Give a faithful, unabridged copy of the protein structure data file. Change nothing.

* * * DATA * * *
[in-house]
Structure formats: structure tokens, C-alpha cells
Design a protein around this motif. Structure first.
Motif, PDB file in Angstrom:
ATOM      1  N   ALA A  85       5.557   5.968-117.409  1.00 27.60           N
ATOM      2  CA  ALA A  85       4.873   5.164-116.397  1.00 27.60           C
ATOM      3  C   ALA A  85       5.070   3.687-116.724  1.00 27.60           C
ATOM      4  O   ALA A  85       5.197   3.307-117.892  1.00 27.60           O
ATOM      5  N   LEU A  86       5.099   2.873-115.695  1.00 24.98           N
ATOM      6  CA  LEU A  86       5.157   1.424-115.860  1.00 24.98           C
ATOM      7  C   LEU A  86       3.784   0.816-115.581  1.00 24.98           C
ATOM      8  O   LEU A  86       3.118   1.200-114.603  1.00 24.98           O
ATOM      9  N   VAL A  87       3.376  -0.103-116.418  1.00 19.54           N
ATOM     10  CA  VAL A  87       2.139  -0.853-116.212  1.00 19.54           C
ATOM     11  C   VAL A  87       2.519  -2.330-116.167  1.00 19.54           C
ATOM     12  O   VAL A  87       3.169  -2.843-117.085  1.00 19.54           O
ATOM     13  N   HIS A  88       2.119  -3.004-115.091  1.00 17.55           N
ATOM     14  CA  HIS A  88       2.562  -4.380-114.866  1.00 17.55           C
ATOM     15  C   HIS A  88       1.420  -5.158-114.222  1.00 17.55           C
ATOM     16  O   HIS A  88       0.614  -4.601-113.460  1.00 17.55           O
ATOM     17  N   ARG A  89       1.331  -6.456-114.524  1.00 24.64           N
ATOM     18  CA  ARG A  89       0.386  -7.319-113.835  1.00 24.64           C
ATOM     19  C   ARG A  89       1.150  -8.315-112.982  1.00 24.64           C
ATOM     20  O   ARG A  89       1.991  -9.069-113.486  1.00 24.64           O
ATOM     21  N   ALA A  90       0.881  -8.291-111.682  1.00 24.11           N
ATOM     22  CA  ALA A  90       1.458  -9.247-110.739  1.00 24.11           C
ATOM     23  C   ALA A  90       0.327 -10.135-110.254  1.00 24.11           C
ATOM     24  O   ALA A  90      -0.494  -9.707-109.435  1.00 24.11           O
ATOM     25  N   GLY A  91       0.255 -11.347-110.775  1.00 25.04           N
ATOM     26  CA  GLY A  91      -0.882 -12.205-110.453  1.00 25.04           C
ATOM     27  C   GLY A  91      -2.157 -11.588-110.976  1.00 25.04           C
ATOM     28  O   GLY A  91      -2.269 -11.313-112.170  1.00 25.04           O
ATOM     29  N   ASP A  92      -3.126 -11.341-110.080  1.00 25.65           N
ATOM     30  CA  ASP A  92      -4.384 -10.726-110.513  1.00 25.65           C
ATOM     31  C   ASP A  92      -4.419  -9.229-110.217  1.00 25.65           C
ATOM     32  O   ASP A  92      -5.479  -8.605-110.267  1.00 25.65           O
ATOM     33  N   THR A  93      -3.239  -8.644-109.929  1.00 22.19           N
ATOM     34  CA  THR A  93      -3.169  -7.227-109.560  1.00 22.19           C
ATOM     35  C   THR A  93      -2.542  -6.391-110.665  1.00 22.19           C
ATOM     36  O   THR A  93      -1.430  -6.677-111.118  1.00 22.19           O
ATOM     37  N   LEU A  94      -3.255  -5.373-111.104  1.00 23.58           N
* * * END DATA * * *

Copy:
[in-house]
Structure formats: structure tokens, C-alpha cells
Design a protein around this motif. Structure first.
Motif, PDB file in Angstrom:
ATOM      1  N   ALA A  85       5.557   5.968-117.409  1.00 27.60           N
ATOM      2  CA  ALA A  85       4.873   5.164-116.397  1.00 27.60           C
ATOM      3  C   ALA A  85       5.070   3.687-116.724  1.00 27.60           C
ATOM      4  O   ALA A  85       5.197   3.307-117.892  1.00 27.60           O
ATOM      5  N   LEU A  86       5.099   2.873-115.695  1.00 24.98           N
ATOM      6  CA  LEU A  86       5.157   1.424-115.860  1.00 24.98           C
ATOM      7  C   LEU A  86       3.784   0.816-115.581  1.00 24.98           C
ATOM      8  O   LEU A  86       3.118   1.200-114.603  1.00 24.98           O
ATOM      9  N   VAL A  87       3.376  -0.103-116.418  1.00 19.54           N
ATOM     10  CA  VAL A  87       2.139  -0.853-116.212  1.00 19.54           C
ATOM     11  C   VAL A  87       2.519  -2.330-116.167  1.00 19.54           C
ATOM     12  O   VAL A  87       3.169  -2.843-117.085  1.00 19.54           O
ATOM     13  N   HIS A  88       2.119  -3.004-115.091  1.00 17.55           N
ATOM     14  CA  HIS A  88       2.562  -4.380-114.866  1.00 17.55           C
ATOM     15  C   HIS A  88       1.420  -5.158-114.222  1.00 17.55           C
ATOM     16  O   HIS A  88       0.614  -4.601-113.460  1.00 17.55           O
ATOM     17  N   ARG A  89       1.331  -6.456-114.524  1.00 24.64           N
ATOM     18  CA  ARG A  89       0.386  -7.319-113.835  1.00 24.64           C
ATOM     19  C   ARG A  89       1.150  -8.315-112.982  1.00 24.64           C
ATOM     20  O   ARG A  89       1.991  -9.069-113.486  1.00 24.64           O
ATOM     21  N   ALA A  90       0.881  -8.291-111.682  1.00 24.11           N
ATOM     22  CA  ALA A  90       1.458  -9.247-110.739  1.00 24.11           C
ATOM     23  C   ALA A  90       0.327 -10.135-110.254  1.00 24.11           C
ATOM     24  O   ALA A  90      -0.494  -9.707-109.435  1.00 24.11           O
ATOM     25  N   GLY A  91       0.255 -11.347-110.775  1.00 25.04           N
ATOM     26  CA  GLY A  91      -0.882 -12.205-110.453  1.00 25.04           C
ATOM     27  C   GLY A  91      -2.157 -11.588-110.976  1.00 25.04           C
ATOM     28  O   GLY A  91      -2.269 -11.313-112.170  1.00 25.04           O
ATOM     29  N   ASP A  92      -3.126 -11.341-110.080  1.00 25.65           N
ATOM     30  CA  ASP A  92      -4.384 -10.726-110.513  1.00 25.65           C
ATOM     31  C   ASP A  92      -4.419  -9.229-110.217  1.00 25.65           C
ATOM     32  O   ASP A  92      -5.479  -8.605-110.267  1.00 25.65           O
ATOM     33  N   THR A  93      -3.239  -8.644-109.929  1.00 22.19           N
ATOM     34  CA  THR A  93      -3.169  -7.227-109.560  1.00 22.19           C
ATOM     35  C   THR A  93      -2.542  -6.391-110.665  1.00 22.19           C
ATOM     36  O   THR A  93      -1.430  -6.677-111.118  1.00 22.19           O
ATOM     37  N   LEU A  94      -3.255  -5.373-111.104  1.00 23.58           N